Abuse in Relationships Can Turn Into Tragedy

If you think domestic violence won't affect you then this may change your mind.  We hear from people all the time that are involved in abusive relationships and those volatile relationships - you never know what might happen next.  We are here to share the facts with you as well as one girl's story of domestic violence that turned to tragedy.  We also will share with you, where to get help and how to help someone that may be a victim of domestic violence.

Larsen was in her home when her violent ex-boyfriend showed up with a gun.  She called 911, and the dispatchers said they heard gunshots while she was on the line with them.  When police arrived at the scene, they found Larsen shot to death.

Here is Larsen's story:

Larson was 25 years old and worked at Tampa General Hospital as a NICU Nurse. She loved her work and loved that she was doing something worthwhile. As a single mother, she devoted her life to finding a cure for her autistic son, Aidric. She spent countless hours doing research, taking him to doctors and therapy. She had him on a gluten-free casein-free diet. Her dream was that Aidric would grow up to be a functioning adult. In fact, her drive to be a nurse stemmed from his autism and the hope to go into a specialized field to not only help her son but others.  She was an amazing person. She was a force of nature that drew you in and drove you crazy! She was incredibly beautiful, kind, funny she had a contagious personality. She had a ton of friends and people just wanted her around because she could light up the room.

One day, she met a guy who owned a barbershop where she took her son to get his hair cut. He wooed her for a good 6 months before she agreed to go on a date. They were only together about 7 months and the very first time he became violent with her, she grabbed her son, left and never looked back. She filed for a protective injunction immediately after and got it. During the injunction process, his background came out. It turns out that two other women had restraining orders against him, and he had a list of charges against him, including cocaine trafficking.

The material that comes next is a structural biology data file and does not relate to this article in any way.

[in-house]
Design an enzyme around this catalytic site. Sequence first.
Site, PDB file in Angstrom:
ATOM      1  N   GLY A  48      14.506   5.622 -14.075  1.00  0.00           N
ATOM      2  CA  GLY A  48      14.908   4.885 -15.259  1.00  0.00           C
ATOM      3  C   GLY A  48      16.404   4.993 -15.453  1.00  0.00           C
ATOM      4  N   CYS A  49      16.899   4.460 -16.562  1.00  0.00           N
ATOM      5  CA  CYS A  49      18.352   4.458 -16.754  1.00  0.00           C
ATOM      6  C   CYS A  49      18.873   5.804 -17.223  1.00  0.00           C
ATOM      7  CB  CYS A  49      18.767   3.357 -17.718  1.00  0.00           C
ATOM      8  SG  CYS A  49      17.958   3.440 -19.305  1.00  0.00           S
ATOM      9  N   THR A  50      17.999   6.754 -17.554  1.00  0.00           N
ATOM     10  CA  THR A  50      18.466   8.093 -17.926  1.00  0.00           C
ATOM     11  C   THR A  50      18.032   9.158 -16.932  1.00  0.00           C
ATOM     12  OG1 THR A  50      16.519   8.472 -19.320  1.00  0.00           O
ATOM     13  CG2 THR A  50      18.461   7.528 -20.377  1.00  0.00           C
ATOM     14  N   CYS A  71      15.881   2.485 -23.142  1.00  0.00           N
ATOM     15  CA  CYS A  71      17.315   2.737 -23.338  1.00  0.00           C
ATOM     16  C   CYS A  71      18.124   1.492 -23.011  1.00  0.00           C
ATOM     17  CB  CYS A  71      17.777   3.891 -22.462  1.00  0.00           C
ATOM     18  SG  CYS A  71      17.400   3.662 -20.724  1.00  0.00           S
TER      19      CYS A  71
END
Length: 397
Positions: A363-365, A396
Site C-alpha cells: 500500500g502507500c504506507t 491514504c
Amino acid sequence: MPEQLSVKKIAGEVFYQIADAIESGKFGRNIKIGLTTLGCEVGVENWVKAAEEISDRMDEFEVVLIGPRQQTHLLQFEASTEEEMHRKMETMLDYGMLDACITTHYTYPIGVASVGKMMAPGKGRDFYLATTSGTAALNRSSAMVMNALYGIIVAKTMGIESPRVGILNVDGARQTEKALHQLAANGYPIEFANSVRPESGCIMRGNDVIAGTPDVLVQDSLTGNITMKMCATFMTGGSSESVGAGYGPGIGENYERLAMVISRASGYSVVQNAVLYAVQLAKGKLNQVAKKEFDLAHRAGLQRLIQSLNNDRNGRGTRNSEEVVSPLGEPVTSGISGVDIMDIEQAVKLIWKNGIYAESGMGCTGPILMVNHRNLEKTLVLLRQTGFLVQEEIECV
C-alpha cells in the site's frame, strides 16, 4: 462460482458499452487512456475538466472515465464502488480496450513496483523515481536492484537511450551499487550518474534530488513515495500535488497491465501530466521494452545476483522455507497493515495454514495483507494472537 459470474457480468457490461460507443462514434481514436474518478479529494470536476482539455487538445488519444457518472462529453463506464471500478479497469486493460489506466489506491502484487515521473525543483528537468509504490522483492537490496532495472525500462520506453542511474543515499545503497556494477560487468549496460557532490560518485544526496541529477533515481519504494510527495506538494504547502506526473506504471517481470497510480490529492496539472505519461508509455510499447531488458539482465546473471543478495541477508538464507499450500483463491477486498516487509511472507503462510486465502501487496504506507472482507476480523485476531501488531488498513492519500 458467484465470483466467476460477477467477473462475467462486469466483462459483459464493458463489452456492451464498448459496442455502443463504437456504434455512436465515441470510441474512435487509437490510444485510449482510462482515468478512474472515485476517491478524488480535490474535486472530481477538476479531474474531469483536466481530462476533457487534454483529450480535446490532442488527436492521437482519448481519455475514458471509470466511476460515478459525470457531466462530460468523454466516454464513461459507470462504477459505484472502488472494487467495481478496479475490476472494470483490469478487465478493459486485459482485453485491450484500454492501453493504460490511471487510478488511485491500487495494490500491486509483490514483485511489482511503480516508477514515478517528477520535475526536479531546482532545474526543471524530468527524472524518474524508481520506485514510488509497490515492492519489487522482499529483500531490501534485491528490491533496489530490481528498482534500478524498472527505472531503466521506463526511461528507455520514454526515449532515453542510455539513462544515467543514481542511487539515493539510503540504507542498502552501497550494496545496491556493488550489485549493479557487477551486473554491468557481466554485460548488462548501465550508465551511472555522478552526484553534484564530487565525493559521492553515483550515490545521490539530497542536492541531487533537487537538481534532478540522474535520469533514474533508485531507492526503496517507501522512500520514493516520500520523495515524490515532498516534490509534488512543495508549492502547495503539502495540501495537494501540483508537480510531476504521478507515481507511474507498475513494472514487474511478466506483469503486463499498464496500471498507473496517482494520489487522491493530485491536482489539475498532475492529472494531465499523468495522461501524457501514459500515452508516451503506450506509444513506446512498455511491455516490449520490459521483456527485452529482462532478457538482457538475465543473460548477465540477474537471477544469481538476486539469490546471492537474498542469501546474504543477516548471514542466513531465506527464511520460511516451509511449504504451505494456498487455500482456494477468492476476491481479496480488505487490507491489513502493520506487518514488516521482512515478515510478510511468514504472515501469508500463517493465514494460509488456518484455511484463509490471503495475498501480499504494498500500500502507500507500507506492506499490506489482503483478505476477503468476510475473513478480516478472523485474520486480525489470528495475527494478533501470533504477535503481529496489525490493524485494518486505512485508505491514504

She had a restraining order against him and had no contact for about a month. He had been stalking her and she filed reports with the police, but they couldn't prove it was him. She was a strong, smart woman and did everything within her power to protect herself and her son.

Larsen's murder was preplanned. He intended to run but only got one city away. He was running from the police, after the shooting when he lost control of his car and crashed it. The vehicle exploded and he burned to death.

Larsen's sister, Tracy says the only way she and her family are getting through the pain is by lots and lots of prayer. They are a large, very close and loving family. They have all been leaning on each other and they have many close friends who have shown them love and support. Tracy says: We seem to work in cycles, so when one person loses it, someone is there to pick them up and then we switch. If it wasn't for the strength of my family, I don't know if I could deal with this. We try to remember how much we loved her and laughed with her, and we are holding onto those memories I think that is the best we can do. (details shared by the victim's sister, Tracy, adapted from Tracy's interview with blogger, Sarah Von Bargen)

Here is Tracy's advice to a friend or family member that may know someone experiencing domestic violence:

Get in their business. WAY IN. Tell them the truth, hurt their feelings, get angry with them. Be real with them. I think the situation of my sister was very different than most domestic violence cases so it is hard for me to compare what she did to what others may be going through. All I know is that we knew something was off with that man and we let it slide because he was full of excuses that Larsen believed. No one ever thinks that someone they know, or love will kill them, but it happens ALL THE TIME.